Does your personality change when you drink?
A study has shown that the way we see ourselves when drunk is different to how others see us. In fact, besides being a bit louder, they barely notice at all.
A team of psychologists observed and analysed the behaviour of 156 brave participants aged 21 to 30. Before the session, they were quizzed on what they thought their personality traits were when they were drunk compared to when they were sober.
Then, in what was clearly a tough day at the office, all participants were given a drink with either alcohol (vodka and Sprite) or no alcohol (plain old Sprite) in it.
The aim was to get the drinkers to a blood alcohol level of 0.09.
Next, they were split into groups of three or four and played games, completing puzzles alongside other drinkers or a control group who had been sipping soda.
The participants made notes on their personality and were rated by others. Psychologists also observed them and made their own notes.
Lead researcher Rachel Winograd from the University of Missouri says they started to see a couple of unexpected differences—mainly that people didn’t change as much as they thought they did after drinking.
Using the five-factor model (more on that in a minute), extraversion—a personality trait also known as ‘being the life of the party’—was the only big change recorded by observers of both groups.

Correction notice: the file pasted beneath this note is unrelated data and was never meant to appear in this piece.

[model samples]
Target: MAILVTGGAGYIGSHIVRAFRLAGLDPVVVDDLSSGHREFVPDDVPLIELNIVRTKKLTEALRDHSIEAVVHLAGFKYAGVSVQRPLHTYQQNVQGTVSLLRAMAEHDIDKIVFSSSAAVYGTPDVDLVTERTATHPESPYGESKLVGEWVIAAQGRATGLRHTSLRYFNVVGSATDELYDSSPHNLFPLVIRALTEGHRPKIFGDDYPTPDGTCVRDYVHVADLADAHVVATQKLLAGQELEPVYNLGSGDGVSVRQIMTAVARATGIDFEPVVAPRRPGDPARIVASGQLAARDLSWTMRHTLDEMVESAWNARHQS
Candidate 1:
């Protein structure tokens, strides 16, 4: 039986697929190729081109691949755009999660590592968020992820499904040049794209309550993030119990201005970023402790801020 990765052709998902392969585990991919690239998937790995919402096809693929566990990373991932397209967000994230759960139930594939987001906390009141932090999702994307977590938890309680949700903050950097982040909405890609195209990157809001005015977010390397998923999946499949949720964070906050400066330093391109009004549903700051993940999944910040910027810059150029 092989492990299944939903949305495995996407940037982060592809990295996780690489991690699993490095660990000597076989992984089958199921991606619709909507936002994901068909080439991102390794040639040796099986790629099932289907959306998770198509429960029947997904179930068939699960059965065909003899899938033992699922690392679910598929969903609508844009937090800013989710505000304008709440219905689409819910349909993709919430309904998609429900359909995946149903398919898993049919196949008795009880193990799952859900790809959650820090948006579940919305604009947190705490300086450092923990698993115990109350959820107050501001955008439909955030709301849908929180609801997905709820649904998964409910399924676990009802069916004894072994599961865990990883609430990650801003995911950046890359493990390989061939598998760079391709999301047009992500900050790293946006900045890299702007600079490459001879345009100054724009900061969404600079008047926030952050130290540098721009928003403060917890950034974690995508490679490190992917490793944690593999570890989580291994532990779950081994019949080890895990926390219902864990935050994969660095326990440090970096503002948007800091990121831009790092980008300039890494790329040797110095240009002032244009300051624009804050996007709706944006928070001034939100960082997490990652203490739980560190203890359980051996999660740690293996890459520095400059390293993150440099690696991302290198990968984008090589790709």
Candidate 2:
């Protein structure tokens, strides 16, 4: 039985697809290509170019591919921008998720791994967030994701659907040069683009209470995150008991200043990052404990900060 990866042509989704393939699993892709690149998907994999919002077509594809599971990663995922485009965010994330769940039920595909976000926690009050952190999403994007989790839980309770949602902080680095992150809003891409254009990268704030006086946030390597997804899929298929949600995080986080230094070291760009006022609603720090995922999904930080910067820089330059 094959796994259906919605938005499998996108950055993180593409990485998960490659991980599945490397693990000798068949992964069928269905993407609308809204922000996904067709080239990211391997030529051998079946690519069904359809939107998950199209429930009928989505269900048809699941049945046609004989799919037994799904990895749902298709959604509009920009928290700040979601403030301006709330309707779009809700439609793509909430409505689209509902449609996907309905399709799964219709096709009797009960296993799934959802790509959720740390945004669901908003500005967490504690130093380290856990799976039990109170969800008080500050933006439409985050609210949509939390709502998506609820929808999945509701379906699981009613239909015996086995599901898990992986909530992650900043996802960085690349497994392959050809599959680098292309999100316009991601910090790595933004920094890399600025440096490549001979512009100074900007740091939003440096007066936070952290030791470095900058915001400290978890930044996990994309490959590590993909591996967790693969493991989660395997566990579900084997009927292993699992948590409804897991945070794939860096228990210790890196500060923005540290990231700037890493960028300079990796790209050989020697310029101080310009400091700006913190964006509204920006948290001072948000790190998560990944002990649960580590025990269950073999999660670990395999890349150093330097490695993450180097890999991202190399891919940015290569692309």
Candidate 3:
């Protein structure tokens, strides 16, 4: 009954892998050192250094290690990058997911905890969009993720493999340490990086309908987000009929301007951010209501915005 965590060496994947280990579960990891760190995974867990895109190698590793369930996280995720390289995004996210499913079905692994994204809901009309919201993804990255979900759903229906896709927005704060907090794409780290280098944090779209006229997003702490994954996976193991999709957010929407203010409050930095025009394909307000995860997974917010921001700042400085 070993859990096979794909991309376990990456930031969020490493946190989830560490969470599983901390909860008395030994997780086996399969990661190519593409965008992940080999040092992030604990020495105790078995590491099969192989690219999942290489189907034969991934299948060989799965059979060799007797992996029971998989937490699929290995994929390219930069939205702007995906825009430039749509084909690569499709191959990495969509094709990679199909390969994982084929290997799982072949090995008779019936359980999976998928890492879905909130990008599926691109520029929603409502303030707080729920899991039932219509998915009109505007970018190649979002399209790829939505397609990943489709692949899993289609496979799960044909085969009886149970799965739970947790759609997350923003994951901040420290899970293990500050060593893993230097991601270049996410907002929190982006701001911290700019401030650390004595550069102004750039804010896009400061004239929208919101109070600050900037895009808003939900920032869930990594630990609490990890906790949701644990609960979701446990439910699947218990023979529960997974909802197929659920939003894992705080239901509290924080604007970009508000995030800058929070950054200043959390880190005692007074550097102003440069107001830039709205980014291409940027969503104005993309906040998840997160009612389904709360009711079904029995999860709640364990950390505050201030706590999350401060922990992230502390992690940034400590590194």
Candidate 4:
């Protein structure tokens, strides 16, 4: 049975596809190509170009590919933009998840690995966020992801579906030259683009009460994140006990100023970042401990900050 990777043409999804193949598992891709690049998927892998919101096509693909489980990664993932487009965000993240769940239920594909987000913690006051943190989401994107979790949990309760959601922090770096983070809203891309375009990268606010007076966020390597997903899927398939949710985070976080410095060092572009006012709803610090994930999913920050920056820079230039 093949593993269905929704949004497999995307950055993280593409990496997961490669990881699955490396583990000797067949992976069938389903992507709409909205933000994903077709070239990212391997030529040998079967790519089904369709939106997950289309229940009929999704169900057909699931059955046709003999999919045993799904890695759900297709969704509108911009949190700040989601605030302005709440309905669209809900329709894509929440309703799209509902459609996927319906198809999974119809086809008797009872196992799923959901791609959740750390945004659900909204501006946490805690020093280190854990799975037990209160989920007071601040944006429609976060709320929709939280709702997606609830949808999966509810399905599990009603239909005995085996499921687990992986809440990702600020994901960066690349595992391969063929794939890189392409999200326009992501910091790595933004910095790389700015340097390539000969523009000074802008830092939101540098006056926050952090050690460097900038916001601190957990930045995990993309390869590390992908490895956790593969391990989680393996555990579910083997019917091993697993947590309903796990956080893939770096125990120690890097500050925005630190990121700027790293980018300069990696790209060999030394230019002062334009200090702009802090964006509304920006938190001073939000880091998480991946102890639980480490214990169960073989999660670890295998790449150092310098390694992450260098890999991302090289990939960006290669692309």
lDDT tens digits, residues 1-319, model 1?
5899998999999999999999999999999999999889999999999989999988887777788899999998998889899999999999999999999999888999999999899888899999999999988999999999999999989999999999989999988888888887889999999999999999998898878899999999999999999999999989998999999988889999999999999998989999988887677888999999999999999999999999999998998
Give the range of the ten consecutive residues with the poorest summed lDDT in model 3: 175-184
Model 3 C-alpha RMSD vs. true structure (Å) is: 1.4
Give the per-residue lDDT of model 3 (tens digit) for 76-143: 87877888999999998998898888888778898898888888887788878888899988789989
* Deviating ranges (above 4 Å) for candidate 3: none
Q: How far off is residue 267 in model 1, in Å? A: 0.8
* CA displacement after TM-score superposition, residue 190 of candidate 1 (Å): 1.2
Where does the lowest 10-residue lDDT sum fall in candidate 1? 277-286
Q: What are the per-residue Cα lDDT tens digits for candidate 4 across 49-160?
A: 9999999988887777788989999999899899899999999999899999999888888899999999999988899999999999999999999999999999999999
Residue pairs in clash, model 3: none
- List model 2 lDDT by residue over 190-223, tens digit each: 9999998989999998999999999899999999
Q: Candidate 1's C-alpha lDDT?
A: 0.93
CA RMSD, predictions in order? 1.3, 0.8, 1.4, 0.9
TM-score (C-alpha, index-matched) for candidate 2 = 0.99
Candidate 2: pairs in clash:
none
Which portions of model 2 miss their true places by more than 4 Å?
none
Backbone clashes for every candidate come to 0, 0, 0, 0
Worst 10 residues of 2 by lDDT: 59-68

“We believe both the participants and raters were both accurate and inaccurate—the raters reliably reported what was visible to them, and the participants experienced internal changes that were real to them but imperceptible to observers,” says Rachel.
The big five
What’s this model, you ask? The five-factor model sums up our personality in five common traits—extraversion, agreeableness, conscientiousness, neuroticism and openness to experience. You can test yourself here. (It’s pretty accurate. It told me I’m extraverted and highly strung. Yep!).
After drinking, the participants were asked to rate their personality. Participants who had been drinking now saw themselves differently across all traits, while the psychologists only saw them being more extraverted.
“We would love to see these findings replicated outside of the lab—in bars, at parties and in homes where people actually do their drinking,” Rachel says.
It might also prove that, after a few drinks, we don’t look as good on the dance floor as we think we do.